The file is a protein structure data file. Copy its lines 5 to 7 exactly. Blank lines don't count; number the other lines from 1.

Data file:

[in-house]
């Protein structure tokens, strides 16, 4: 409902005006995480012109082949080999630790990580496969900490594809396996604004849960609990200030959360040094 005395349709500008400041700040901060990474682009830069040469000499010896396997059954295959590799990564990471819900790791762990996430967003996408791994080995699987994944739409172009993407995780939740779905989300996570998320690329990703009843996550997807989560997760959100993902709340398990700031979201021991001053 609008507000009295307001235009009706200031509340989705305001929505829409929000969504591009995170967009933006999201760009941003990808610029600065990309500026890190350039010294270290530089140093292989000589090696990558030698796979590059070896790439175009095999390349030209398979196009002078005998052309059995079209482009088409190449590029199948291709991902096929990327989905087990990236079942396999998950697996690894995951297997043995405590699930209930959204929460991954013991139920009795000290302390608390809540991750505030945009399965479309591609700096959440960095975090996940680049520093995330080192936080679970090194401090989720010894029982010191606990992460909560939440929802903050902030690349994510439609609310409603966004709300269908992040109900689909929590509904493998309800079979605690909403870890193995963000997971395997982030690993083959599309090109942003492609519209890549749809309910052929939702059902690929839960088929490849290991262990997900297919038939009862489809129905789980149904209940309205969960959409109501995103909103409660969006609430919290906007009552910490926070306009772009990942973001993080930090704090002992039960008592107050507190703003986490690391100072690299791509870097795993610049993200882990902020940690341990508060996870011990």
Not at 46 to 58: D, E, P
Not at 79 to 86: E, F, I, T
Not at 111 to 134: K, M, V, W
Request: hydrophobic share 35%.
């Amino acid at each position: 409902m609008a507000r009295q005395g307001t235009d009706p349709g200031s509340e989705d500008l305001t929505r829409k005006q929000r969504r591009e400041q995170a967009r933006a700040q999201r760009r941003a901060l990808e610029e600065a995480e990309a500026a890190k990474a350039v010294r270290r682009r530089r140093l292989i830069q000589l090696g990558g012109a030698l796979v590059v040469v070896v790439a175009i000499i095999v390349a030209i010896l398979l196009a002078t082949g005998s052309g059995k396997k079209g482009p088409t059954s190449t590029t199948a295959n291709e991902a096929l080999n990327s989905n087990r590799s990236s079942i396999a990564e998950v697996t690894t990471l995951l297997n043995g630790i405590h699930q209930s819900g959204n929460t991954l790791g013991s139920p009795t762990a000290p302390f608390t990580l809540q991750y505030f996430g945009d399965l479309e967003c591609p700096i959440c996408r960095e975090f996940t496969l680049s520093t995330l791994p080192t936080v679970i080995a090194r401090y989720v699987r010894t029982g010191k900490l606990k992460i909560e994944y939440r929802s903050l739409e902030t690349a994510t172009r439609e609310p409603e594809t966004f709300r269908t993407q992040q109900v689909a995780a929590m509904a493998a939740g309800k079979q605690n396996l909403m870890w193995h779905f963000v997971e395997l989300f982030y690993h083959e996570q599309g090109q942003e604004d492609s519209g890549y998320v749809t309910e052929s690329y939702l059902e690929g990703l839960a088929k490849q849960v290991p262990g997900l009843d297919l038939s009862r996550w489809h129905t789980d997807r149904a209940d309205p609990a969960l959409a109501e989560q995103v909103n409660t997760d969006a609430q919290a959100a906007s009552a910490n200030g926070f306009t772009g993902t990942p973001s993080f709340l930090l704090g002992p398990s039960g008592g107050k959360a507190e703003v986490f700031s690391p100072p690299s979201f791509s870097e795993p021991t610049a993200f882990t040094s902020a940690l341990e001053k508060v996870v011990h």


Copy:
Not at 111 to 134: K, M, V, W
Request: hydrophobic share 35%.
């Amino acid at each position: 409902m609008a507000r009295q005395g307001t235009d009706p349709g200031s509340e989705d500008l305001t929505r829409k005006q929000r969504r591009e400041q995170a967009r933006a700040q999201r760009r941003a901060l990808e610029e600065a995480e990309a500026a890190k990474a350039v010294r270290r682009r530089r140093l292989i830069q000589l090696g990558g012109a030698l796979v590059v040469v070896v790439a175009i000499i095999v390349a030209i010896l398979l196009a002078t082949g005998s052309g059995k396997k079209g482009p088409t059954s190449t590029t199948a295959n291709e991902a096929l080999n990327s989905n087990r590799s990236s079942i396999a990564e998950v697996t690894t990471l995951l297997n043995g630790i405590h699930q209930s819900g959204n929460t991954l790791g013991s139920p009795t762990a000290p302390f608390t990580l809540q991750y505030f996430g945009d399965l479309e967003c591609p700096i959440c996408r960095e975090f996940t496969l680049s520093t995330l791994p080192t936080v679970i080995a090194r401090y989720v699987r010894t029982g010191k900490l606990k992460i909560e994944y939440r929802s903050l739409e902030t690349a994510t172009r439609e609310p409603e594809t966004f709300r269908t993407q992040q109900v689909a995780a929590m509904a493998a939740g309800k079979q605690n396996l909403m870890w193995h779905f963000v997971e395997l989300f982030y690993h083959e996570q599309g090109q942003e604004d492609s519209g890549y998320v749809t309910e052929s690329y939702l059902e690929g990703l839960a088929k490849q849960v290991p262990g997900l009843d297919l038939s009862r996550w489809h129905t789980d997807r149904a209940d309205p609990a969960l959409a109501e989560q995103v909103n409660t997760d969006a609430q919290a959100a906007s009552a910490n200030g926070f306009t772009g993902t990942p973001s993080f709340l930090l704090g002992p398990s039960g008592g107050k959360a507190e703003v986490f700031s690391p100072p690299s979201f791509s870097e795993p021991t610049a993200f882990t040094s902020a940690l341990e001053k508060v996870v011990h």